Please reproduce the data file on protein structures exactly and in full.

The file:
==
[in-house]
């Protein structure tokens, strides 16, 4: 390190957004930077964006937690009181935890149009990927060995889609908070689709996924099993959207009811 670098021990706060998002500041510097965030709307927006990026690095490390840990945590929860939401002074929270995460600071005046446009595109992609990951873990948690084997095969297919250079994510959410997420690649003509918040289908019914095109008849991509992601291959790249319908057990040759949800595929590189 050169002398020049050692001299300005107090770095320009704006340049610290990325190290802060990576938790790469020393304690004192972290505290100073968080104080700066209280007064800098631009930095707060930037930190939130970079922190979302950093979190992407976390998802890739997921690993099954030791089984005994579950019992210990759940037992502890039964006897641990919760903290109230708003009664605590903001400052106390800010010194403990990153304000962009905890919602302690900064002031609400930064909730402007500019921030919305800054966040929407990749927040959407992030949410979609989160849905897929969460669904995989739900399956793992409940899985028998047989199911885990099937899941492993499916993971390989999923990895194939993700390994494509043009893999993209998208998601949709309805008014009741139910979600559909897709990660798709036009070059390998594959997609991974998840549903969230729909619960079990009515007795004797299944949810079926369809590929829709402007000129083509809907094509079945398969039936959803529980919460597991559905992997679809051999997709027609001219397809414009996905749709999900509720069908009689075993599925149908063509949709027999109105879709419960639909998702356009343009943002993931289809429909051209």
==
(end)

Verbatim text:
[in-house]
């Protein structure tokens, strides 16, 4: 390190957004930077964006937690009181935890149009990927060995889609908070689709996924099993959207009811 670098021990706060998002500041510097965030709307927006990026690095490390840990945590929860939401002074929270995460600071005046446009595109992609990951873990948690084997095969297919250079994510959410997420690649003509918040289908019914095109008849991509992601291959790249319908057990040759949800595929590189 050169002398020049050692001299300005107090770095320009704006340049610290990325190290802060990576938790790469020393304690004192972290505290100073968080104080700066209280007064800098631009930095707060930037930190939130970079922190979302950093979190992407976390998802890739997921690993099954030791089984005994579950019992210990759940037992502890039964006897641990919760903290109230708003009664605590903001400052106390800010010194403990990153304000962009905890919602302690900064002031609400930064909730402007500019921030919305800054966040929407990749927040959407992030949410979609989160849905897929969460669904995989739900399956793992409940899985028998047989199911885990099937899941492993499916993971390989999923990895194939993700390994494509043009893999993209998208998601949709309805008014009741139910979600559909897709990660798709036009070059390998594959997609991974998840549903969230729909619960079990009515007795004797299944949810079926369809590929829709402007000129083509809907094509079945398969039936959803529980919460597991559905992997679809051999997709027609001219397809414009996905749709999900509720069908009689075993599925149908063509949709027999109105879709419960639909998702356009343009943002993931289809429909051209």